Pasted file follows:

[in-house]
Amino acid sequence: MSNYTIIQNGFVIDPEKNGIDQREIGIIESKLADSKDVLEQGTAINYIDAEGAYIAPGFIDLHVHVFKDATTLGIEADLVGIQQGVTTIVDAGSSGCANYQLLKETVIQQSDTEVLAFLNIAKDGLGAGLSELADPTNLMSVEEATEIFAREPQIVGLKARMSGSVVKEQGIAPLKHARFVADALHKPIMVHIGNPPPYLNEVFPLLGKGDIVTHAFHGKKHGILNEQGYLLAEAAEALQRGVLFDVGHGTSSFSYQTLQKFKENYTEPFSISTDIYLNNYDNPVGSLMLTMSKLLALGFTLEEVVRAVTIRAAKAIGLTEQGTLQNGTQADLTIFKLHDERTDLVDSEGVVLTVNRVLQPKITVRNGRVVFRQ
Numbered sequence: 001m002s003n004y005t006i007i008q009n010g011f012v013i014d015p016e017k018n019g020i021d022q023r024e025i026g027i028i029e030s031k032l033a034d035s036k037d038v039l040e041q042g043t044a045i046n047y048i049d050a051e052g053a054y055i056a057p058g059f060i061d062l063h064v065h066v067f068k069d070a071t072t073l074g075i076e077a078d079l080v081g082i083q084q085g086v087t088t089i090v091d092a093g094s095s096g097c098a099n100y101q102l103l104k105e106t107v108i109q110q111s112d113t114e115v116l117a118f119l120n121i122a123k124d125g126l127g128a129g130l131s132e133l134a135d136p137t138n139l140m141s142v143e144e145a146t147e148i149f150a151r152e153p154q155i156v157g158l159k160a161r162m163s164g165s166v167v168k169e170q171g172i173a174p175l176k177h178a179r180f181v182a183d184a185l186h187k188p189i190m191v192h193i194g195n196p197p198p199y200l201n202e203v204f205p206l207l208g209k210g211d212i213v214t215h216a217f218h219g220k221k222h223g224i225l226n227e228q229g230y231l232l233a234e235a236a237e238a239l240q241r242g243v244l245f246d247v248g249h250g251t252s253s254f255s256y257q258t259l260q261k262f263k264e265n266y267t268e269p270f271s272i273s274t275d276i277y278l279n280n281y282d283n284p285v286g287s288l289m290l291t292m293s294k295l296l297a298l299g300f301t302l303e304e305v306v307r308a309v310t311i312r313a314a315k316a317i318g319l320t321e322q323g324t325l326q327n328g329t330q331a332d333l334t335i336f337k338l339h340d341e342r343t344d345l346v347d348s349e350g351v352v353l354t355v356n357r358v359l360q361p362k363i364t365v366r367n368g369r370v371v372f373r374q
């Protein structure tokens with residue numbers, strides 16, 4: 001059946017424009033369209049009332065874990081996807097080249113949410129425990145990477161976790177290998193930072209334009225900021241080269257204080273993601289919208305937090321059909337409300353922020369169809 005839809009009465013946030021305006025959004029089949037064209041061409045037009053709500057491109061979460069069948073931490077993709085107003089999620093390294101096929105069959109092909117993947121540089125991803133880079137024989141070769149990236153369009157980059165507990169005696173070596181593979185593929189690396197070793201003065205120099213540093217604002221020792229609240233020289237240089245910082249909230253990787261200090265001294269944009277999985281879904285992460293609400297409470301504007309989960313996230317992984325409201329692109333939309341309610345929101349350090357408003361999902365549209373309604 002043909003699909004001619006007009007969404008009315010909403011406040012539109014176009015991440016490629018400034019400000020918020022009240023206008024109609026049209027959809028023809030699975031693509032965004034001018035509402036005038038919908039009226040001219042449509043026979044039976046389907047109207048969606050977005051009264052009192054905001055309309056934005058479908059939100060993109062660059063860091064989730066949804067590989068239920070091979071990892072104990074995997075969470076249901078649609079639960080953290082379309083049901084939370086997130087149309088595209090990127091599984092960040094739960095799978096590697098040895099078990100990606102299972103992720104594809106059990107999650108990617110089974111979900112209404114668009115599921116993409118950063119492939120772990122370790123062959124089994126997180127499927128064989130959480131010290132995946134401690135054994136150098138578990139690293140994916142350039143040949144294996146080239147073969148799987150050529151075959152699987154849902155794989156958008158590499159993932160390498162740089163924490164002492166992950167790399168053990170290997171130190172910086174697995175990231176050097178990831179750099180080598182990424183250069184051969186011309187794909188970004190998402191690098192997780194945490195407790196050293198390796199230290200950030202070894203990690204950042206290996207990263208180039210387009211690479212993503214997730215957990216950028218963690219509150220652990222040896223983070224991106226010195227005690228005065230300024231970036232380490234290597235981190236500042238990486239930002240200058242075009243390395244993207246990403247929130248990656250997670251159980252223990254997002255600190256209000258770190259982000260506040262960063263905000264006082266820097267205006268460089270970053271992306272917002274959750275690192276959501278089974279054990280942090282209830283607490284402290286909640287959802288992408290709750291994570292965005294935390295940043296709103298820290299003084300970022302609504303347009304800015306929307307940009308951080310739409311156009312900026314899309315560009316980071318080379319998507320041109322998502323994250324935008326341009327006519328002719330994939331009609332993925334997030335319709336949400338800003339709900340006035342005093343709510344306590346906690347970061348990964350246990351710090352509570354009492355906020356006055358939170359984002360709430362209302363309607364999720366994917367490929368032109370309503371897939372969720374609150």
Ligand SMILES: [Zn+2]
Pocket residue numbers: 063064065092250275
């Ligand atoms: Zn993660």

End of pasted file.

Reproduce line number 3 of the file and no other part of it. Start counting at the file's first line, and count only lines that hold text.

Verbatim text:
Numbered sequence: 001m002s003n004y005t006i007i008q009n010g011f012v013i014d015p016e017k018n019g020i021d022q023r024e025i026g027i028i029e030s031k032l033a034d035s036k037d038v039l040e041q042g043t044a045i046n047y048i049d050a051e052g053a054y055i056a057p058g059f060i061d062l063h064v065h066v067f068k069d070a071t072t073l074g075i076e077a078d079l080v081g082i083q084q085g086v087t088t089i090v091d092a093g094s095s096g097c098a099n100y101q102l103l104k105e106t107v108i109q110q111s112d113t114e115v116l117a118f119l120n121i122a123k124d125g126l127g128a129g130l131s132e133l134a135d136p137t138n139l140m141s142v143e144e145a146t147e148i149f150a151r152e153p154q155i156v157g158l159k160a161r162m163s164g165s166v167v168k169e170q171g172i173a174p175l176k177h178a179r180f181v182a183d184a185l186h187k188p189i190m191v192h193i194g195n196p197p198p199y200l201n202e203v204f205p206l207l208g209k210g211d212i213v214t215h216a217f218h219g220k221k222h223g224i225l226n227e228q229g230y231l232l233a234e235a236a237e238a239l240q241r242g243v244l245f246d247v248g249h250g251t252s253s254f255s256y257q258t259l260q261k262f263k264e265n266y267t268e269p270f271s272i273s274t275d276i277y278l279n280n281y282d283n284p285v286g287s288l289m290l291t292m293s294k295l296l297a298l299g300f301t302l303e304e305v306v307r308a309v310t311i312r313a314a315k316a317i318g319l320t321e322q323g324t325l326q327n328g329t330q331a332d333l334t335i336f337k338l339h340d341e342r343t344d345l346v347d348s349e350g351v352v353l354t355v356n357r358v359l360q361p362k363i364t365v366r367n368g369r370v371v372f373r374q